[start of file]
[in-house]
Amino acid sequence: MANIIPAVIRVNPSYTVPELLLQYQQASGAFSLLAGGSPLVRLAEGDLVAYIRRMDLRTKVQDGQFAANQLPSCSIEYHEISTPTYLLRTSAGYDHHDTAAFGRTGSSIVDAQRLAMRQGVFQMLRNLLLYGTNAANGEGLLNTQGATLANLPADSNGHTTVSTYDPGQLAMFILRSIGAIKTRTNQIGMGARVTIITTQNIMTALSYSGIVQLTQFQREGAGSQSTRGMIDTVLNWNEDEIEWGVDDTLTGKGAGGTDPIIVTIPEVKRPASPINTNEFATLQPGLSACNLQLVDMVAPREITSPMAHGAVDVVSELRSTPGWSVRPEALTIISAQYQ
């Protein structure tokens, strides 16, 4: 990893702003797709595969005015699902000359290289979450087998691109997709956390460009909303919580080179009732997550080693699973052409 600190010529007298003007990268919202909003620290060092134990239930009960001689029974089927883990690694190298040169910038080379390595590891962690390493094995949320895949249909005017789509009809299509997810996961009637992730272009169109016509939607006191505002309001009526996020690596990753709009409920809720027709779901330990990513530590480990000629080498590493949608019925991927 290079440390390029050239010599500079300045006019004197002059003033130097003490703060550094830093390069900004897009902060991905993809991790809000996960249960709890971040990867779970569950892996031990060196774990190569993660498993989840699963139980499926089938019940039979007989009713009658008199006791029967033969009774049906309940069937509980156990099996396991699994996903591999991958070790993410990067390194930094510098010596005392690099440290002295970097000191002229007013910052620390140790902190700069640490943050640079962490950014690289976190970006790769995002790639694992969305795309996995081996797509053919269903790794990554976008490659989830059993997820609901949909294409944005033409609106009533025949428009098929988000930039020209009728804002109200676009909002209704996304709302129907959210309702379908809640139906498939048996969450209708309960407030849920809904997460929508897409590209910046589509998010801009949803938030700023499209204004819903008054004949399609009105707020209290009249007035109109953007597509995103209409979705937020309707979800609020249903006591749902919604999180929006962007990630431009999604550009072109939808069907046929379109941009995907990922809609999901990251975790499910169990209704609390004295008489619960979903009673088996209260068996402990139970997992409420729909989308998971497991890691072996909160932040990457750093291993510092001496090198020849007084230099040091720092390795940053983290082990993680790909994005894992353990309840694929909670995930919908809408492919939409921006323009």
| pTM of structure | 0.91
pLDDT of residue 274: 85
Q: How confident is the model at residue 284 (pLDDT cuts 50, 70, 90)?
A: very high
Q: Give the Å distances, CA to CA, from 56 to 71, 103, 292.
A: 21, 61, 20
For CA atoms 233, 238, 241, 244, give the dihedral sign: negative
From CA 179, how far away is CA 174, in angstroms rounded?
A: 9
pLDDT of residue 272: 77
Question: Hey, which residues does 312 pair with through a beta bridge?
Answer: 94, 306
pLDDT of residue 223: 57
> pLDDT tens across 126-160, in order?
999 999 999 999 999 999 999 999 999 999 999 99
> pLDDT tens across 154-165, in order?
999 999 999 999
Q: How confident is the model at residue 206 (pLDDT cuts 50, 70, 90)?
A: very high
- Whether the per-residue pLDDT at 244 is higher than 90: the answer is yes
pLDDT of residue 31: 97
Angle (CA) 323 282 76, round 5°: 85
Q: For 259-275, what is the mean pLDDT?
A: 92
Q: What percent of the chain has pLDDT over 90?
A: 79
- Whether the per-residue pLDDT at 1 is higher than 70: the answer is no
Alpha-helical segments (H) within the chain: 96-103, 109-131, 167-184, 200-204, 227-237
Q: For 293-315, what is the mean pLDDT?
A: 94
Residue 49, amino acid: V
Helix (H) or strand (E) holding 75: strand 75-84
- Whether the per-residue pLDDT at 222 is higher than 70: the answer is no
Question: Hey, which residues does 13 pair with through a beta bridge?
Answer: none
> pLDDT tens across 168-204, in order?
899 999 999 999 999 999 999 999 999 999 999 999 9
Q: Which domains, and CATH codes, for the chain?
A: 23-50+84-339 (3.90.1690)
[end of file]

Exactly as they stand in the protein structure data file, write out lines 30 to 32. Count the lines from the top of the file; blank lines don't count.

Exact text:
- Whether the per-residue pLDDT at 1 is higher than 70: the answer is no
Alpha-helical segments (H) within the chain: 96-103, 109-131, 167-184, 200-204, 227-237
Q: For 293-315, what is the mean pLDDT?